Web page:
Tuesday, September 12, 2017
British Columbia's new NDP Government has announced that it will increase the carbon tax by CAD5 per tonne a year for four years, starting on April 1, 2018.
In a budget update, Finance Minister Carole James said that the rate per tonne of CO2 equivalent emissions will rise each year from its current level of CAD30 (USD25) until it reaches CAD50 per tonne in 2021.
In addition, the obligation on the Government that the carbon tax regime must be revenue neutral will be lifted. The revenue raised will be used "to support families and fund green initiatives to address our climate action commitments," James explained.
Carbon tax revenue is forecast to increase by an average of 11.6 percent a year over the three years to 2019-20.
To offset the impact of the increases on those on low and modest incomes, the Government will introduce improvements to the low income climate action tax credit. The maximum annual amount per adult will increase from CAD115.50 to CAD135, and the maximum annual amount per child will increase from CAD34.50 to CAD40. Single-parent families will continue to receive the adult amount for the first child in the family.
The carbon tax was introduced in 2008 at CAD10 per tonne of CO2 equivalent. It was gradually increased until it reached CAD30 per tonne in 2012. The former Liberal Government had committed to keep the rate at CAD30 per tonne until 2018.
In 2016, the Climate Leadership Team recommended an annual increase in the carbon tax of up to CAD10 per tonne from 2018. In its response to the report, the then Liberal Government said that the tax would only rise if it remained revenue-neutral and if every dollar was returned to residents in the form of tax relief.
The Pan-Canadian Framework on Clean Growth and Climate Change, signed by the federal, provincial, and territorial governments (with the exception of Saskatchewan) last December, endorsed the federal Government's proposal for a benchmark for pricing carbon pollution, to be implemented by 2018. Provinces and territories are permitted to implement either an explicit price-based system or a cap-and-trade system.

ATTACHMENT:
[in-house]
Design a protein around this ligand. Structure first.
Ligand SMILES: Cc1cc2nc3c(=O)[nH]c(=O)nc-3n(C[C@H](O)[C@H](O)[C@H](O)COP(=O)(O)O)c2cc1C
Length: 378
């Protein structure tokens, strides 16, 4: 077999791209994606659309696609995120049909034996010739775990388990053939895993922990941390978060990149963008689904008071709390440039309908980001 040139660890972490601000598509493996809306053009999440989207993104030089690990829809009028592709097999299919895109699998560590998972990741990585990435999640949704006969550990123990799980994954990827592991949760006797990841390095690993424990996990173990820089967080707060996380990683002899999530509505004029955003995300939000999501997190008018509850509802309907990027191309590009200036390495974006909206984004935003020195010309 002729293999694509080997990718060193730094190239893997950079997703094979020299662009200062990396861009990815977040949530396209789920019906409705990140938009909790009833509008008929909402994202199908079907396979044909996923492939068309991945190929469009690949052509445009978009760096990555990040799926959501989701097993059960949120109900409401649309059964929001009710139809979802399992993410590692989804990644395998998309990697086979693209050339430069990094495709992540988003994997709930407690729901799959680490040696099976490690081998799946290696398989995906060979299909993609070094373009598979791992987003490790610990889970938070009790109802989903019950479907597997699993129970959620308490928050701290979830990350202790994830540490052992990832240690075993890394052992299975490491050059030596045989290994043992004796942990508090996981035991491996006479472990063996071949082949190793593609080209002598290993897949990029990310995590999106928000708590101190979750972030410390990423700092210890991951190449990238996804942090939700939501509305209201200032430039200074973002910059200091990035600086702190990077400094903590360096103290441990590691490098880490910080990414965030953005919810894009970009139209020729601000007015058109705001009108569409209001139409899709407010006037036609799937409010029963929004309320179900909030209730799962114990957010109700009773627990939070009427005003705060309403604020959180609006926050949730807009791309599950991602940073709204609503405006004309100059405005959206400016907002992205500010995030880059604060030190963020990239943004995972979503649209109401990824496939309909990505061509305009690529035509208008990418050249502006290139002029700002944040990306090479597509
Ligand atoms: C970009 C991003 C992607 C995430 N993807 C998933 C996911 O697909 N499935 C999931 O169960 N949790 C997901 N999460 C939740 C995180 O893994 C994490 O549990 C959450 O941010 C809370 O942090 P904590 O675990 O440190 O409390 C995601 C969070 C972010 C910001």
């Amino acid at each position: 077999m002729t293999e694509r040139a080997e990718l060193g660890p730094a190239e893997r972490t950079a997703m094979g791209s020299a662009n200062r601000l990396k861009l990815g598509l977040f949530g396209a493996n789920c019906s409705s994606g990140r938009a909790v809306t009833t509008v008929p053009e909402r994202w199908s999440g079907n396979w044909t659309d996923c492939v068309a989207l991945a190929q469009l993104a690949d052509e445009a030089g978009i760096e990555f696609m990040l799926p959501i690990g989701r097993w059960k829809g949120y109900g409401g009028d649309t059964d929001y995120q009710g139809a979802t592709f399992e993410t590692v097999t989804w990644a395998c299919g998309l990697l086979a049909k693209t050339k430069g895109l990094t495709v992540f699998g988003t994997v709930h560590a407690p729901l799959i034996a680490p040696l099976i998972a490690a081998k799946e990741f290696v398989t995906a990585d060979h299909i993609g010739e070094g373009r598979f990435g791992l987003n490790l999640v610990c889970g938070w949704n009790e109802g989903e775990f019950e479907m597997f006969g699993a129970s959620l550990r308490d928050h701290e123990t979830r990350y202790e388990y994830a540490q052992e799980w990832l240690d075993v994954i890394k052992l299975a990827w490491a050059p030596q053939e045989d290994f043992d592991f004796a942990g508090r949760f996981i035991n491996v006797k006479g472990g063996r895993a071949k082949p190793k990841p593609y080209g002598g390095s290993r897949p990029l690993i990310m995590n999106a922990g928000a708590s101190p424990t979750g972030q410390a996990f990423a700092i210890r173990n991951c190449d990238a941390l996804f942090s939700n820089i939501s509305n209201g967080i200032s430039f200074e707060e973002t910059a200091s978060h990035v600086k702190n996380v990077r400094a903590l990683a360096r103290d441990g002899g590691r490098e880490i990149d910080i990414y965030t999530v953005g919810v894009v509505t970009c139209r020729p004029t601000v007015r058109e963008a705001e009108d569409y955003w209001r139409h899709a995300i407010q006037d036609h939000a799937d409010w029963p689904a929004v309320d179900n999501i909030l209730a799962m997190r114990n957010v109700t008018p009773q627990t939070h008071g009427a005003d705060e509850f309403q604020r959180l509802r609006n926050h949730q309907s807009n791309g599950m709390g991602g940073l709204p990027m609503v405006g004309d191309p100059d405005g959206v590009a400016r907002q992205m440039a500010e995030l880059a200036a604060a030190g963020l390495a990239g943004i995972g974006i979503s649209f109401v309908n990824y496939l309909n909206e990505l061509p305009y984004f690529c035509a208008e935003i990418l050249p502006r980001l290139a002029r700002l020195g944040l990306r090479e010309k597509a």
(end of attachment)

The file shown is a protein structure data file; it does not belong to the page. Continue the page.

Provinces with a price-based system will be required to have a rate of CAD10 per tonne in 2018, which must increase to CAD50 per tonne by 2022. According to the Government's budget documents, because British Columbia "has had a broad-based carbon tax since 2008 at a price that exceeds the federal benchmark, it is expected that the proposed federal carbon pricing system will not apply" in the province.
The proposed rate rise was welcomed by the Pembina Institute, which has campaigned for such action. Maximilian Kniewasser, director of the Institute's B.C. climate policy program, commented: "B.C.'s carbon tax has been an economic and environmental success, and it makes sense to build on this policy."
"Well-designed policy will protect vulnerable Canadians from potential adverse impacts, and address competitiveness concerns in B.C.'s industry by maintaining a strong economy. Using revenue to increase the climate action tax credit will ensure that low- and middle-income families will also benefit from the transition to a clean energy economy."
He added: "Carbon pricing is one of the tools clean tech entrepreneurs cite as key to supporting clean innovation. By increasing the carbon tax, B.C. is providing longer term certainty and setting the foundation to build on its existing clean tech industry to become a global powerhouse in this rapidly growing sector."